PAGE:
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June 8, 2012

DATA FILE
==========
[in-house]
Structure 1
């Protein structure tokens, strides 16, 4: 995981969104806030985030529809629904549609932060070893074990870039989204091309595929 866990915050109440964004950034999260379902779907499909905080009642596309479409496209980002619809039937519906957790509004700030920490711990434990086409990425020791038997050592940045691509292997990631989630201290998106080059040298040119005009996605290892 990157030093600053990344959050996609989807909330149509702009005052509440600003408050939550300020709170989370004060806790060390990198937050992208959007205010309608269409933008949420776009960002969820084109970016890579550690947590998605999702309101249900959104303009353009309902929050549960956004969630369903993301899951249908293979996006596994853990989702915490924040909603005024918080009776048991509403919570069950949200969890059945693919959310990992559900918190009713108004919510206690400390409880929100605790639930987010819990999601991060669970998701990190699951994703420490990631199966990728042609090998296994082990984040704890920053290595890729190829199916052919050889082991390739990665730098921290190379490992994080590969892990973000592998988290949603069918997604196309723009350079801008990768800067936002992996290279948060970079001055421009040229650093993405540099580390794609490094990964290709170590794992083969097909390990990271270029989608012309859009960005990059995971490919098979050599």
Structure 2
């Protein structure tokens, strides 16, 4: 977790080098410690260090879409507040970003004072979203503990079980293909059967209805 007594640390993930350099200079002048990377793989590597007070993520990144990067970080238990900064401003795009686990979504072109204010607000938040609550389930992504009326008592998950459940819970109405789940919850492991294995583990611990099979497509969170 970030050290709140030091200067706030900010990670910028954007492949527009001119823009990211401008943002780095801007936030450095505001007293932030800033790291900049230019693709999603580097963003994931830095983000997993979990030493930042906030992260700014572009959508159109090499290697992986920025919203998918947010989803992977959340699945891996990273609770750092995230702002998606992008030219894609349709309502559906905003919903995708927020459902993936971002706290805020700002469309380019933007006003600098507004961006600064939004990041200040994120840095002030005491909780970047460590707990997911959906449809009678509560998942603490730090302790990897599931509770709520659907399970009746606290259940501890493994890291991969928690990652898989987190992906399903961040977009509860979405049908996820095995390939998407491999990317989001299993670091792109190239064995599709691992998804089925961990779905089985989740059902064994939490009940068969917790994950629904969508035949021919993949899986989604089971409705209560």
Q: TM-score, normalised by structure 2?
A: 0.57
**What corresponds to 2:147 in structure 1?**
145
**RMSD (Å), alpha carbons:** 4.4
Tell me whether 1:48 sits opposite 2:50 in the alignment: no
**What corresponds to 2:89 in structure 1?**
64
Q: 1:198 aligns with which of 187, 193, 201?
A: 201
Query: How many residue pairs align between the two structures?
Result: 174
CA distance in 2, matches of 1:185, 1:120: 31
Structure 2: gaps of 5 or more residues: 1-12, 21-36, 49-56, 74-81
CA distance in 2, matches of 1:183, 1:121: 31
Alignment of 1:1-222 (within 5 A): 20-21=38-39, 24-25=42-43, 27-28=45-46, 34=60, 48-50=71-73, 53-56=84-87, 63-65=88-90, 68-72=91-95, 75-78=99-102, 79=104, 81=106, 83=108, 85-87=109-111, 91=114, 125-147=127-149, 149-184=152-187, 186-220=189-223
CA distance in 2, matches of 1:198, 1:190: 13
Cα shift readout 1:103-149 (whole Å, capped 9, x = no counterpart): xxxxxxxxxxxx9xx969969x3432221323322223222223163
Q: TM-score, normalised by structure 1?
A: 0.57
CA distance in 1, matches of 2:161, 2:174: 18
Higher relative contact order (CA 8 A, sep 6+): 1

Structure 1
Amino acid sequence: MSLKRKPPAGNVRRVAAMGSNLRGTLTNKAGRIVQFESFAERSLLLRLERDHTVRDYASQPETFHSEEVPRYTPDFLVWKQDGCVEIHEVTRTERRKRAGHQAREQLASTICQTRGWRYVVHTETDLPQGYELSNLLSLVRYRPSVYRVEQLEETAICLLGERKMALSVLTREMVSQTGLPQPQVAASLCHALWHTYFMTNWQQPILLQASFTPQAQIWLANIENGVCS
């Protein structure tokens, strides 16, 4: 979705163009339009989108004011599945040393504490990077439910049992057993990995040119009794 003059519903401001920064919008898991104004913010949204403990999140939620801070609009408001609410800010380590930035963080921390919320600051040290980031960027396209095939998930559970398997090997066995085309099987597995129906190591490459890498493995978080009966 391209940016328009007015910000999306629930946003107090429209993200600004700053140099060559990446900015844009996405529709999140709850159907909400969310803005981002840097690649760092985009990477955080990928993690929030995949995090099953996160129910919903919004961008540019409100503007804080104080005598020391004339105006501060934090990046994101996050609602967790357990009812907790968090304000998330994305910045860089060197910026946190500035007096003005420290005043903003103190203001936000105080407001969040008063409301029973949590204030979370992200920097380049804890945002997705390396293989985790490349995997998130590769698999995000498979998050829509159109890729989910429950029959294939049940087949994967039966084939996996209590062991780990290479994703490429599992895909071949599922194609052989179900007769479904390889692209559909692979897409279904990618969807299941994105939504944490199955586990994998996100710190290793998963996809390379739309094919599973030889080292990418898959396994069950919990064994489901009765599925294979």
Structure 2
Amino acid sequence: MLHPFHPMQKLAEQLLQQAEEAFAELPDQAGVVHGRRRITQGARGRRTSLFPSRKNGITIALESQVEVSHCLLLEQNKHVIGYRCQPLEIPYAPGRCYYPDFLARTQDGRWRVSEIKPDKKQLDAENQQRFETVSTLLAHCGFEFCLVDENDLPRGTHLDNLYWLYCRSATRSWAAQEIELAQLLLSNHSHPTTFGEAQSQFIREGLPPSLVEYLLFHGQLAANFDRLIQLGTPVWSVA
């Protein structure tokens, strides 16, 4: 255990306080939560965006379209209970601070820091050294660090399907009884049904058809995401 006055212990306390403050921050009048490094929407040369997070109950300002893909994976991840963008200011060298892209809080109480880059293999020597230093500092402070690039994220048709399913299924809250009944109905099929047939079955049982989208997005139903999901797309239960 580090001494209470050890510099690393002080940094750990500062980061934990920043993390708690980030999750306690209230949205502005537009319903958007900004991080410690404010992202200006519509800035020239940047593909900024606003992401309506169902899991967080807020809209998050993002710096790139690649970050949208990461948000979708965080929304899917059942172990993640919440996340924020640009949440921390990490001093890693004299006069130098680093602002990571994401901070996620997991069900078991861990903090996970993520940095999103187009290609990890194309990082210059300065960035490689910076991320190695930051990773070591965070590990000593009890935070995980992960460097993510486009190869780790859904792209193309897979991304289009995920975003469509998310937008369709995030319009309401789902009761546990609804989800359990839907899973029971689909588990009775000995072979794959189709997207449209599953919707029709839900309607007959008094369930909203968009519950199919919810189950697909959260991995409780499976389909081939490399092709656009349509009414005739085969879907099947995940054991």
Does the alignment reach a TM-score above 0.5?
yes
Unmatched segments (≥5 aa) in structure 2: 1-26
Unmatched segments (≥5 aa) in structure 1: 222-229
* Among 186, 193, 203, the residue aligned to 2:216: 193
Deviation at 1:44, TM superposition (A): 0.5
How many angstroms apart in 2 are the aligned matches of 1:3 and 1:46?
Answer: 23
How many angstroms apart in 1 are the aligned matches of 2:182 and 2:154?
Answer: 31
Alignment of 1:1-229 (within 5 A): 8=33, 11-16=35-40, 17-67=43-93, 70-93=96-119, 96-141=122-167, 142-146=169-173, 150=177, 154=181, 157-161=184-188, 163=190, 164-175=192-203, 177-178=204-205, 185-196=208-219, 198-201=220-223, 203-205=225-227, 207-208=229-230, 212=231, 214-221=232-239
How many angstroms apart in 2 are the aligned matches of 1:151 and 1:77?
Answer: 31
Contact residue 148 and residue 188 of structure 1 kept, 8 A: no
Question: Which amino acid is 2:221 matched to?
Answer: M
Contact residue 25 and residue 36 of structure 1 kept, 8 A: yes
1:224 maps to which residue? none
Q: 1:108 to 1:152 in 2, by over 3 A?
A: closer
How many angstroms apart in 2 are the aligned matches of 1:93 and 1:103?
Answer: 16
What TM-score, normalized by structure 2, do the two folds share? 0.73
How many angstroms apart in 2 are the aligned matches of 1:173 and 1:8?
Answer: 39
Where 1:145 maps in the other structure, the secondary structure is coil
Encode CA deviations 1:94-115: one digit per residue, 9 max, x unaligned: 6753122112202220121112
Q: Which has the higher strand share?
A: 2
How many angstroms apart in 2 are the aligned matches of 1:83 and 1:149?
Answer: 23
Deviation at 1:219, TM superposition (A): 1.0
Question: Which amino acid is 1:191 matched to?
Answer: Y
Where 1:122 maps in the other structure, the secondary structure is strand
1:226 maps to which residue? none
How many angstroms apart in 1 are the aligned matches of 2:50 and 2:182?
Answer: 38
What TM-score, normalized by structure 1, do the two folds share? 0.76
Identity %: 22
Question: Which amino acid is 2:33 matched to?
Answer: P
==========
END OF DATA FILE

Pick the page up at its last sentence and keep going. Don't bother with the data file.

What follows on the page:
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HERITAGE FLORIDA JEWISH NEWS, JUNE 8, 2012 VIEWPOINT HERITAGE encourages readers to send in their opinions for the Viewpoint column. They must be signed; how- ever, names will be withheld upon request. Due to space limitations, we reser-ve the right to edit, if necessary. Opinions printed in Viewpoint do not necessarily reflect the opinions of the paper. For Jewish transsexual teaching at Yeshiva University, no easy path to being a daughter By Joy Ladin NEWYORK (JTA)--Ifyour mother has never seen your face--if you have never had a face to be seen--if, in a sense, you have never been born--do you have a mother? If your. mother has always called you'%n,', can you ever really become her daughter? For most of my life, I couldn't begin to ask such questions. My sister, three years my junior, was the only daughter in our family. And though I hated being a boy, I could be messy, dirty, ruthlessly self-centered, in- careless of others to the point of rudeness--behaviors my sister could never have gotten away with. I hated myself for deceiving my family, and it broke my heart thatthey were so easy to deceive. I felt utterly alone, and as so often when I was a child, my estrangement from the world around me drove me to the Torah. There, I found someone I recognized as the direct ancestor of my own unbearable tangle of love and lies. In a passage I read over and ove, Jacob serves his blind, aged father Isaac his favorite dinner as a prelude to receiving his blessing. There's scene of filial devotion: Jacob is impersonating his twin brother Esau, who older by a moment, is his father's heir. Esau, a vigorous, hairy, hyper-masculine hunter, is his father's favorite. Jacob is a smooth-skinned, domestic, almost feminine Lest his blind father become suspicious, Jacob conceals his smooth fore- arms under hairy swatches of fresh-killed kid-skin that will make his arms feel as hairy as Esau's. If his father recognizes that the manly Esau is really the feminine Jacob, Jacob will be cursed instead of blessed. Like Jacob, I wasn't the boy my parents meant to bless with food, shelter, cloth- ing, love. Under the skins of masculinity the pants and shirts I hated, the roles and games I forced myself to play--was something too smooth, too soft, too feminine to be loved like the male "twin" I pretended to be. Like Jacob, I found deception heartbreakingly easy: As long as I kept my hair short and wore pants and shirts, no one could see the girl cowering beneath. going for him that I didn't have: a mother, Rebekah, who knew him for who he truly vas. It was Rebekah's idea that Jacob masquerade as Esau because she knew he was destined to transmit Abraham's spiritual legacy to future generations. She sees that Jacob is a first-born trapped in a second-born's body, and that only by flouting law and love can he become the person he was meant to be. Not only didn't my mother know who I truly was, I was sure that the moment she suspected, I wouldn't have a mother at all. But for four-and-a-half de- cades, my skins never slipped. The first time my mother and I really talked, I was 46, sitting on a box in a dim, cool basement storage room, surrounded by old tax returns and broken computer equipment. An underground room for unwanted things was the perfect setting for the moment I'd been avoiding my whole life--the moment when I would finally tell my mother that I wasn't her son. I had lived that moment in dreams and nightmares, fan- tasies and wishes. Now I was I dialed her number and waited. Hundreds "of miles away, my mother's phone rang. Don't answer, I whis- pered, as though ifI couldn't complete this call I would somehow avoid this conver- sation. She answered. "Hello. Jay?" "Yes," I told her, "it's Jay. I need to tell you something, Morn: Something hard. But first, you have to promise me that what I tell you won't affect your relationship with the children. You'll stay in touch with them, right?" "of course. I'm their grandmother--nothing is going to change that." "Good," I said. "Because soon I'm--I'm moving out. This will be hard for the kids, and they need you to stay in their lives." "Of course," she said. "I'm so sorry." I wished she would ask me why I was moving out, but she didn't, so I took a deep breath and recited thew0rds--even I found them hard to believe-- that I'd practiced. "Morn, our family is break- ing up because I'm a trans- sexual and I can't live as a man anymore." PAGE 5A revelation--the most honest thing I had ever said to my mother--seemed to stretch for years, years we had lost, years we now might never have. I thought I was ready to Iose her. But in that pause, when truly motherless years were only a breath away, I real- ized that I had never stopped clinging to the hope of her. "I've heard about this," she said at last. Her voice, rich and low, trained for a radio career she had never had, was thick with feeling. "I know that you have to be who you are, and no matter what that is, you will always be my child." The air above my head felt empty. The sword that had always dangled above me, the terror of what would happen if my mother discovered what I was, was gone. My voice rose to the pitch I had made my own, and for the first time in my life, we really talked. Joy Ladin is a professor at Yeshiva University. This article is excerpted from her new book, "Through the Door of Life: A Jewish Journey Between Genders" and has been reprinted with permis- sion from the University of different to my appearance, only one problem with this But Jacob had something about to live it in the flesh. The pause that followed my Wisconsin Press. Respect haredi life while offering criticism By Kenneth Jacobson NEW YORK (JTA)--A re- cent article by Israeli journal- ist Yaron London headlined "We Need Fewer Haredim" and two major pieces in The New York Times about the haredi approach to sex abuse cases highlight the challenge and the need to address serious issues emanating from the haredi world without demon- izing an entire community. Questions of avoiding ste- reotypes of large groups while not rationalizing bad behavior by some are constantly on the Anti-Defamation League's agenda. Moreover, when part of the Jewish community is under scrutiny, it raises par- ticular concerns for us about that segment's relations with the rest of the community and the impact on broader views of Jews. Finally, when the behavior of a sector of the Israeli public has an impact on the larger Israeli public, that too is a matter of deep concern to us. On the face of it, criticism of individuals, if accurate, would seem legitimate. Generalizing that criticism to a whole group, on the other hand, would not. But with haredim it is not so simple. As one can see from the issues discussed--sexual abuse, service in the Israeli army, secular education in Israel--criticism of the haredi world goes beyond iodividual behavior and enters the realm of the broader haredi com- munity's beliefs, attitudes and policies. That, I would argue, does not automatically disqualify it as stereotyping an entire community. When it is the prevailing view of the community, and most of its members adhere to that view, it is acceptable to criticize from the outside. On the other hand, there must be specialcare and sen- sitivity taken when addressing group behavior. That's because the phenomenon of spillover from s.peaking about par- ticular issues to a broad-based attack on the very essence of the community is too easy and too common. Take the case of London's article. He rightfully ex- presses indignation about the deleterious effect on Israeli society and the sense of fair- ness among the Israeli public when haredi leadership insists on mass exemptions from military service in Israel's mostly citizen army, when they refuse to educate their youth in secular fields and, connected to that, deny op- portunities to their young to prepare properly to participate in the Israeli workforce. These matters affect every Israeli and emerge from decisions, in effect, of the whole haredi community. However, rather than lim- iting his comments to areas where change is necessary and whether it can be made in coordination with haredi lead- ership, London embarks on a full-blown attack on the entire community, employing unfair and derogatory terminology in describing their society and culture--even suggesting, as in the headline, that we need "fewer of them." This kind of approach must be condemned, as it should be in an all-out assault on any community. More specifically, it results in a diminution and near absence of respect for the many positive and wonderful values that characterize haredi life. Devotion to family, commit- ment and rigor in transmitting- Jewish tradition and heritage to their children, piety, devotion to learning, the centrality of moral values--all of which in their own way contribute to Israel and the Jewish world--don't seem to matter here. The line between charac- terizing individual and group behavior is important to draw, but it is not sacrosanct. Yet great care must be taken to avoid group stereotyping when it is necessary to express con- cerns about group behavior. Another area of concern is between the right of a group to observe its own religious values and cultural mores and when those values and mores negatively impinge on the rules, regulations and values of the larger society." Abuse among the Orthodox: Badnews, good news By Yoel Finkelman Jewish Ideas Daily their neighbors harass them to prevent their going to the police, claiming a religious prohibition on giving Jews up to secular authorities. In- deed, the official policy of the Haredi organization Agudath Israel of America is thatschool teachers or administrators who suspect abuse must ask a rabbi before going to secular authorities, New York State laws notwithstanding. But there is also good news: Even as denial and stone,vail- ing continue, the Orthodox conversation about abuse is gradually changing; and so is people's behavior. Mental health professionals informed me that Orthodox parents, who in the past would have tried to deny abuse or keep it hush-hush, are now defend- ing victimized children more actively. True, some school principals and community leaders continue to put pres- sure on parents to keep silent; but many Orthodox communities have sprouted activists who serve as "go= to" people in cases of abuse, while organizations like JSafe provide additional resources for concerned communities and individuals concerned. The Bais Yaakov girls' high school in Baltimore has even published a child safety pro- tocol for both school staff and parents. But positive change cannot occur without education; and three recent but very differ- ent books that attempt to tackle the horrors of sexual, emotional and physical abuse among Orthodox Jews suggest that education is becoming First, the bad news: Sexual, physical, and emotional abuse occurs in Orthodox Jewish communities. Next, the worse news: Though there is no evidence that Such abuse occurs more frequently among the Ortho- dox than in other populations, two recent front-page New York Times stories are just the latest piece of evidence that Orthodox communities are often in denial and worse. Rabbis and communal leaders often seek to save the com- munity from embarrassment and, in doing so, protect the perpetrators. If children com- plain of being abused, their parents may silence them, or, if their parents complain too, more available, if not exactly commonplace. In the first book, "Abuse in the Jewish Community" (Urim), Michael J. Salamon, a psychologist with vast ex- perience in treating Orthodox Jewish abuse victims, has written a readable guide for laypeople. Salamon offers definitions of abuse and describes signs that should indicate to parents, teach- ers, and school officials that abuse might be occurring. He provides basic information about available methods of treatment and discusses the unique cultural conditions in the Orthodox community that make prevention and treat- ment so difficult. Critically, the book explains without Abuse on page 19A The fact that haredim turn to their leading rabbis as the arbiters of all kinds of mat- ters is not only a way of life but one to which they are entitled; surely it brings many benefits to families and the community. There even may be instances in sexual abuse situations that individuals would want to speak first to their rabbis. However, what seems clear from The New York Times articles and others on the sex abuse issue, the haredi leadership does nothing" to educate its- people to prevent, persecuting those who go to law enforcement to report sex abuse crimes, nor do they condemn those who engage in the persecution of people in their community who do go to the police. Under these circumstances this is no longer a matter of community mores. Indi- viduals are being victimized twice, first by the abuser and then by a community that either stands by or tacitly en- courages their further abuse by persecutors. Intervention and condemnation from outside are warranted and necessary. Of course, the line be- tween respecting cultural differences and preventing abuse of rights that should belong to every member of society is not always easy to draw. When laws are bro- ken or fundamental rights violated in the extreme, it is not difficult to say that the outside community must stand up. Here, too, as with individual and group condemnations, great sen- sitivity must be exercised in not telling a flourishing, successful and praiseworthy community that its way of life is unacceptable. There are no simple answers here. Calling attention to prob- lems is necessary if it is done with civility and respect for a way of life that'is well serv- ing hundreds of thousands every day. Kenneth Jacobson is the deputy national director of the Anti-Defamation League. THE B00YP'rIAN CONN{-C'rlON